My ceiling is new. No, it is not new. It is new to me. Here I lie, watching my not-new ceiling exist. We stare each other. But I AM, and it is not, even though it exists.
How can something fail to Be, despite its existence? A paradox I am unwilling to explore, as I stare at my ceiling.
It is an impostor. It is not my ceiling, but a replacement. I call it my ceiling because so many parts of it have been replaced that it is not the old ceiling that it was before, but a new one. It is my ceiling.
I cannot describe it because it is dark. I do not know how it feels because it rests feet above me. It doesn’t smell. It makes no sound. And yet, behold, a description. How nothingness is described–another paradox.
The darkness of the ceiling forces me inward, and I ponder. If every cell of my body has been replaced, then I am a new body. But every cell of my body from infanthood has been replaced, and I am the same body. This is the part of Being that is absurd. If I am physically no longer composed of the same parts but I am (funda)mentally the same, where does the “mental” come from?
Because I am a Being that exists, this is a different question from the paradox of Theseus’s ship: If I remove planks of wood that make up a ship and replace them one by one, and do this until I have replaced every original piece of the ship, is it still Theseus’s ship?
My ceiling stares back, answerless. Next to me, a man in his own darkness sleeps. I ponder him. His silent existence irks me. I must turn away. I slip down now, past the point of rationality, and into a world where thought alone can alter a state of existence: emotion.
And I think, as I stare at my new ceiling: If I replace the component parts of a relationship, is it still the same relationship?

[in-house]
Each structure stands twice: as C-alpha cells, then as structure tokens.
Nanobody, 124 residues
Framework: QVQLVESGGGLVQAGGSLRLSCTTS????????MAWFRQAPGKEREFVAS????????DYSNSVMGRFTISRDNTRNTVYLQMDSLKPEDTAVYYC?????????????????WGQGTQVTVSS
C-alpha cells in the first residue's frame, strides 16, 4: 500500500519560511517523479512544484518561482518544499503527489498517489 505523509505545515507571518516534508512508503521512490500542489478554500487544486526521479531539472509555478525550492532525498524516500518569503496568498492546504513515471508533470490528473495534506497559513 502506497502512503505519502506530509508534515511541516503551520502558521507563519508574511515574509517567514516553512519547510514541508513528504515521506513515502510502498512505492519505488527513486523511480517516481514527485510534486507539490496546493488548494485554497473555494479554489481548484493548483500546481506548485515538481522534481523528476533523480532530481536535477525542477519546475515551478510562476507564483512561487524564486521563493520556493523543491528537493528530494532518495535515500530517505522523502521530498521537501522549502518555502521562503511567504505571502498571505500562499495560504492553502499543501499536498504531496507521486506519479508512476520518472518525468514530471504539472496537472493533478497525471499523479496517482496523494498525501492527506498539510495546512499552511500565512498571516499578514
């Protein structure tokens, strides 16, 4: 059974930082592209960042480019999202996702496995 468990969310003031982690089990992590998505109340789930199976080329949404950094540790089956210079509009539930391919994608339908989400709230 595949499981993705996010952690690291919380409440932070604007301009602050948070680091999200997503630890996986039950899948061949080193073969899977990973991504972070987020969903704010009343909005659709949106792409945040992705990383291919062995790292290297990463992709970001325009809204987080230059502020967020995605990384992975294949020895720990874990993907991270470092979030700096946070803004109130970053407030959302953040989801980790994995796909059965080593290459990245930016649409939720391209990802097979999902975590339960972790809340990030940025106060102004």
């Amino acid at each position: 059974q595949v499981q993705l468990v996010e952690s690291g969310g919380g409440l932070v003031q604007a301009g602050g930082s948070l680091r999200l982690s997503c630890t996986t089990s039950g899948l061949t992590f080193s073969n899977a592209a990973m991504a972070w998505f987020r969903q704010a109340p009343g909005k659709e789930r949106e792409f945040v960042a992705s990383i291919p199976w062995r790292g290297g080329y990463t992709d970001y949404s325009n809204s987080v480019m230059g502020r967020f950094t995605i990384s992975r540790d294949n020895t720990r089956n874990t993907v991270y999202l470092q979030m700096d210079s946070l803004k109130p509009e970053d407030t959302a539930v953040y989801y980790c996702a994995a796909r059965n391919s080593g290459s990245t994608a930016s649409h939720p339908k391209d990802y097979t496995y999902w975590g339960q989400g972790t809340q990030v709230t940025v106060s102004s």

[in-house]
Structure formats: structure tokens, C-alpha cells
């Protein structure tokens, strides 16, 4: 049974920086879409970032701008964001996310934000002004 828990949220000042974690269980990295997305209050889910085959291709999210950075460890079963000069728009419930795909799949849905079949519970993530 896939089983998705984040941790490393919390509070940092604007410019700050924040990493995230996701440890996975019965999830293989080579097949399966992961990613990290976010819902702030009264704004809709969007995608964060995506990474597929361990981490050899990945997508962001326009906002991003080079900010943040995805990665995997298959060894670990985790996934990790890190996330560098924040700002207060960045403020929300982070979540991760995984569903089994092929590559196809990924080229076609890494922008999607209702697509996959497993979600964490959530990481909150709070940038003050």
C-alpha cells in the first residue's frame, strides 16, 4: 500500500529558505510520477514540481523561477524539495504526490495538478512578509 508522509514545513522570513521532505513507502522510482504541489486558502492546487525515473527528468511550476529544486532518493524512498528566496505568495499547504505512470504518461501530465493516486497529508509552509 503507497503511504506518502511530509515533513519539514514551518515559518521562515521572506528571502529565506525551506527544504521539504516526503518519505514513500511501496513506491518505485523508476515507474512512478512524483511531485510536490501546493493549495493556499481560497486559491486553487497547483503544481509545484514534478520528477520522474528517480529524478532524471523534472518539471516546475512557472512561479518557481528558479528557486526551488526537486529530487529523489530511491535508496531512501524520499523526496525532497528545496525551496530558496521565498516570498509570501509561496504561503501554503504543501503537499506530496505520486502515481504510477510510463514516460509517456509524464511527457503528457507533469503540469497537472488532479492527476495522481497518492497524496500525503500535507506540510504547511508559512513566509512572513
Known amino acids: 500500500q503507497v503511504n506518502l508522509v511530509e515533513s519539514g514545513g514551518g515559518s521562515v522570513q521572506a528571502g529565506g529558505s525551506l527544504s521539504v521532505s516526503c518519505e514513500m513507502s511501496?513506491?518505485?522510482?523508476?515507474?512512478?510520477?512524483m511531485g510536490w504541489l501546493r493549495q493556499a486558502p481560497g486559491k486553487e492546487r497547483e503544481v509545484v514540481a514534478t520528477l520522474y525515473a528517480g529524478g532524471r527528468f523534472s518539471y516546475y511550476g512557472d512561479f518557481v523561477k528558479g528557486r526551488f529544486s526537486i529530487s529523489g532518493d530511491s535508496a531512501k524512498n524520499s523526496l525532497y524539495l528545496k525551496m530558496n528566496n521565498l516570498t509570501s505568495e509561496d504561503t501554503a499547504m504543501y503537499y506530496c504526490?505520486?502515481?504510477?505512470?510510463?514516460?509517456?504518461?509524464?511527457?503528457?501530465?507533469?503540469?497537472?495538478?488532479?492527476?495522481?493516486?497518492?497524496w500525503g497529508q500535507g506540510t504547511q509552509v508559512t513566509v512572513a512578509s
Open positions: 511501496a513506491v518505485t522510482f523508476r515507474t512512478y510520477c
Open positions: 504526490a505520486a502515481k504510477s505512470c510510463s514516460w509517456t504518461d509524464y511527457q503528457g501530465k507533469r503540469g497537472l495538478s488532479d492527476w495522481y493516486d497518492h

I realize how tired I am. My thoughts disappear when I focus my eyes, like they are uncomfortable being looked into. The dark should help me think because there is nothing to look at. But shapes have started flitting across the ceiling. The black seems to move infinitely further away, but I know it is just a weakness of my depth perception. The ceiling should be only six feet away. It appears to move away, pulling me in, closer, so I fall into it.
But I’m still on my bed, next to the silently sleeping catalyst to my wonderings. I think of the new ceilings in a relationship. New jobs, new apartments, new budgets. If those ceilings are all pulling us into their abyss, fragmenting us, rearranging us, what is left of the relationship? If the physical is uprooted, is the mental disturbed? Being, then, is simply existence in the most fundamental way, like that of a ceiling or a tree. If thoughts arise from thoughts, or BEING, then no physical being is required. But Being does not arise from thought. I think, therefore I AM. But thinking does not produce a body. This is a separate existence. Thoughts need a body to house them. I’ve never seen a thought without a body, but I’ve seen a body without a thought.